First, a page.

Lysosome-associated membrane glycoprotein

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Lysosome-associated membrane glycoprotein (Lamp)
Identifiers
Symbol Lamp, LAMP (root symbol of family)
Pfam PF01299
InterPro IPR002000
PROSITE PDOC00280
TCDB 9.A.16
OPM superfamily 516
OPM protein 2mom

Lysosome-associated membrane glycoproteins (lamp)[1][2][3][4] are integral membrane proteins, specific to lysosomes, and whose exact biological function is not yet clear. Structurally, the lamp proteins consist of two internally homologous lysosome-luminal domains separated by a proline-rich hinge region; at the C-terminal extremity there is a transmembrane region (TM) followed by a very short cytoplasmic tail (C). In each of the duplicated domains, there are two conserved disulfide bonds. This structure is schematically represented in the figure below.

  +-----+            +-----+         +-----+            +-----+
  |     |            |     |         |     |            |     |
 xCxxxxxCxxxxxxxxxxxxCxxxxxCxxxxxxxxxCxxxxxCxxxxxxxxxxxxCxxxxxCxxxxxxxx
 +--------------------------++Hinge++--------------------------++TM++C+

In mammals, there are two closely related types of lamp: LAMP1 and LAMP2.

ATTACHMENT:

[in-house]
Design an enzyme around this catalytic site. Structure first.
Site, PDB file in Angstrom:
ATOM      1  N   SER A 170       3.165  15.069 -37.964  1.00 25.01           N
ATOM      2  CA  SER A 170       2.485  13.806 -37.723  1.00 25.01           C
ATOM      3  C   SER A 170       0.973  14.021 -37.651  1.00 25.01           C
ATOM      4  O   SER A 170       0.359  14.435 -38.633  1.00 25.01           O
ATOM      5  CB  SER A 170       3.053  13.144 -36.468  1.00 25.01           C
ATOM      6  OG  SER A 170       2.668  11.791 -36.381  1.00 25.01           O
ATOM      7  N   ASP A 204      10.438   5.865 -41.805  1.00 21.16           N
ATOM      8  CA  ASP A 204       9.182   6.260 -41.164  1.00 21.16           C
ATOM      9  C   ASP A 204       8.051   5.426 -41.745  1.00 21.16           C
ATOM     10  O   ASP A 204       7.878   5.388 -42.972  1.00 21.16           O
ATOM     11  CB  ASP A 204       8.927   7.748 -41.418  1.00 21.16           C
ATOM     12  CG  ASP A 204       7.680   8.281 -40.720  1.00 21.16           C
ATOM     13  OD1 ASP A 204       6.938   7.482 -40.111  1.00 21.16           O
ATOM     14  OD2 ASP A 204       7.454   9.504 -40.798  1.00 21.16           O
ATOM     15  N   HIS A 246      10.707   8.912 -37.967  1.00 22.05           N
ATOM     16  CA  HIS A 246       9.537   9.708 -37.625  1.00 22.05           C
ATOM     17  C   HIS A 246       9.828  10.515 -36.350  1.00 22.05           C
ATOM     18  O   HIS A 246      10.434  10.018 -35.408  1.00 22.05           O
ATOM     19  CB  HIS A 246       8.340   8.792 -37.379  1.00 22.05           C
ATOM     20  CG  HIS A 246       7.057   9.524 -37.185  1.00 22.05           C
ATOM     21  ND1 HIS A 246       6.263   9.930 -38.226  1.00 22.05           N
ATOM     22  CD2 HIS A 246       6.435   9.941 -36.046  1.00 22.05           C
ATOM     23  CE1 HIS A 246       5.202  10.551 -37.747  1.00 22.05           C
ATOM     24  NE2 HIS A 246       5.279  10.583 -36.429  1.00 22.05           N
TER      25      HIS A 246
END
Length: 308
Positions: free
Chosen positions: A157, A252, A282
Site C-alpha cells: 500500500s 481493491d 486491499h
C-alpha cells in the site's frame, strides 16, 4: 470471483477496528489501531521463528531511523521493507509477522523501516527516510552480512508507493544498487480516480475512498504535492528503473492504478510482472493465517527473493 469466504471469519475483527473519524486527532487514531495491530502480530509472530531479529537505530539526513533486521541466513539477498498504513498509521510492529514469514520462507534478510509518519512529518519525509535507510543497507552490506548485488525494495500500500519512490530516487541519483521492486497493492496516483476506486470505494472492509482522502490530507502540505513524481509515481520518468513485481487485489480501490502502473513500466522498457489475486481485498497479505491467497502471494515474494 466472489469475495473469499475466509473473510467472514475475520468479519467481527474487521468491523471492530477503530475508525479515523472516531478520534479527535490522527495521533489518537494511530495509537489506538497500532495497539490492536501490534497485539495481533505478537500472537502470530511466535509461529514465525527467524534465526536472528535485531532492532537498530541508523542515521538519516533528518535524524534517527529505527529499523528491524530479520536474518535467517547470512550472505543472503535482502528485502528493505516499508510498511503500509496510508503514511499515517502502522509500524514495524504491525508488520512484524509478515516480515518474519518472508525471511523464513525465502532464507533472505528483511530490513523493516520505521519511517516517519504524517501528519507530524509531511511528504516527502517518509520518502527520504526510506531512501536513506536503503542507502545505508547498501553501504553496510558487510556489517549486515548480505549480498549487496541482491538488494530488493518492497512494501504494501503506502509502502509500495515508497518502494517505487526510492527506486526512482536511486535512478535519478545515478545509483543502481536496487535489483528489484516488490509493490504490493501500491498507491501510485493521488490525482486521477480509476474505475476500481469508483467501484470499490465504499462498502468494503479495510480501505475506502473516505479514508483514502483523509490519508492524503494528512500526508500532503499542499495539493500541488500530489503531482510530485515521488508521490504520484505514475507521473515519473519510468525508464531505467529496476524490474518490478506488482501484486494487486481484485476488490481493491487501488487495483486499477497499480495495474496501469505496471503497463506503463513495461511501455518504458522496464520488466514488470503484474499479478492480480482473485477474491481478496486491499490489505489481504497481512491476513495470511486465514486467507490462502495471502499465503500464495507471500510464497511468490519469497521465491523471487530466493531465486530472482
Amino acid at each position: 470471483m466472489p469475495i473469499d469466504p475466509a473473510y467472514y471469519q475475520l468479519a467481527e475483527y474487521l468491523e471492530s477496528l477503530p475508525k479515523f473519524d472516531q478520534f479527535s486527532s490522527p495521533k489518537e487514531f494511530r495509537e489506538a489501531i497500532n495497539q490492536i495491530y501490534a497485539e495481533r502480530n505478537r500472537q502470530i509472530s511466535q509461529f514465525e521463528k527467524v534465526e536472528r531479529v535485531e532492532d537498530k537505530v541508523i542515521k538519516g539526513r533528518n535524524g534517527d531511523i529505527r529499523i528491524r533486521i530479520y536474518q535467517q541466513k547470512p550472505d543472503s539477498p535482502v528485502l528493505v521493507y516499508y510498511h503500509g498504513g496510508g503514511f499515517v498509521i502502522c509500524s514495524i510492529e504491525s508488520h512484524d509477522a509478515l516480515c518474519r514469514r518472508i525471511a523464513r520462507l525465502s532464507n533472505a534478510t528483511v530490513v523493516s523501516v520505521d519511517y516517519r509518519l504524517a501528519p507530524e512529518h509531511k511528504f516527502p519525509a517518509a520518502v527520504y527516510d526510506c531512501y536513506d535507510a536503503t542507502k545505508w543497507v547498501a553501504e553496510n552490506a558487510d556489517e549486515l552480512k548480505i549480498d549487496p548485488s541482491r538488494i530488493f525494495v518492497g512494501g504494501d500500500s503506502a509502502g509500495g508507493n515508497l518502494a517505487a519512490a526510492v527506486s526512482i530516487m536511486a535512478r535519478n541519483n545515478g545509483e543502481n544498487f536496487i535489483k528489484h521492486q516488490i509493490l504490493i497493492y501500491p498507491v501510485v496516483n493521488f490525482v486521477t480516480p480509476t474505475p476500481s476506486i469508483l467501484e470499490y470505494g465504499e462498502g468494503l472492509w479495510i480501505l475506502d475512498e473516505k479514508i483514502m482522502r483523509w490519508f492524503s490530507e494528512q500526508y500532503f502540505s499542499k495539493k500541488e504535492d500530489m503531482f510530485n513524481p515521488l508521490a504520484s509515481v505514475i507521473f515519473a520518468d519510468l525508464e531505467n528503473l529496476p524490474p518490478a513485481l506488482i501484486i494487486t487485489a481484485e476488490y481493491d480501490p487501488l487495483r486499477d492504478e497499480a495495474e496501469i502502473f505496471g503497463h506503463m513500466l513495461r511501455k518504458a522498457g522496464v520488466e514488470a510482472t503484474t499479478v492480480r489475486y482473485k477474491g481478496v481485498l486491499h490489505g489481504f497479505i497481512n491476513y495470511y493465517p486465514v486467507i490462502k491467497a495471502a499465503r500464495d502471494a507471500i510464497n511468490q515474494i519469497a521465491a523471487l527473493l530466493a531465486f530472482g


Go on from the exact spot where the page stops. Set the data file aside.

CD69 (also called gp110 or macrosialin)[5] is a heavily glycosylated integral membrane protein whose structure consists of a mucin-like domain followed by a proline-rich hinge; a single lamp-like domain; a transmembrane region and a short cytoplasmic tail.

CD molecules are leucocyte antigens on cell surfaces. CD antigens nomenclature is updated at Protein Reviews On The Web (http://mpr.nci.nih.gov/prow/).

Human proteins containing this domain[edit]

References[edit]

  1. ^ Iwamoto, Tomotada; Sonobe, Toshiaki; Hayashi, Kozaburo (June 2003). "Loop-Mediated Isothermal Amplification for Direct Detection of Mycobacterium tuberculosis Complex, M. avium, and M. intracellulare in Sputum Samples". Journal of Clinical Microbiology. 41 (6): 2616–2622. doi:10.1128/JCM.41.6.2616-2622.2003. PMC 156570Freely accessible. PMID 12791888. 
  2. ^ Nagamine, K.; Hase, T.; Notomi, T. (June 2002). "Accelerated reaction by loop-mediated isothermal amplification using loop primers". Molecular and Cellular Probes. 16 (3): 223–229. doi:10.1006/mcpr.2002.0415. PMID 12144774. 
  3. ^ Notomi, Tsugunori; Okayama, Hiroto; Masubuchi, Harumi; et al. (2000). "Loop-mediated isothermal amplification of DNA". DNA. Nucleic Acids Res. 28 (12): e63. doi:10.1093/nar/28.12.e63. PMC 102748Freely accessible. PMID 10871386. 
  4. ^ Fukuda Minoru (November 1991). "Lysosomal membrane glycoproteins. Structure, biosynthesis, and intracellular trafficking" (PDF). J. Biol. Chem. 266 (32): 21327–21330. PMID 1939168. 
  5. ^ Holness CL, da Silva RP, Fawcett J, Gordon S, Simmons DL (1993). "Macrosialin, a mouse macrophage-restricted glycoprotein, is a member of the lamp/lgp family" (PDF). J. Biol. Chem. 268 (13): 9661–9666. PMID 8486654. 

This article incorporates text from the public domain Pfam and InterPro IPR002000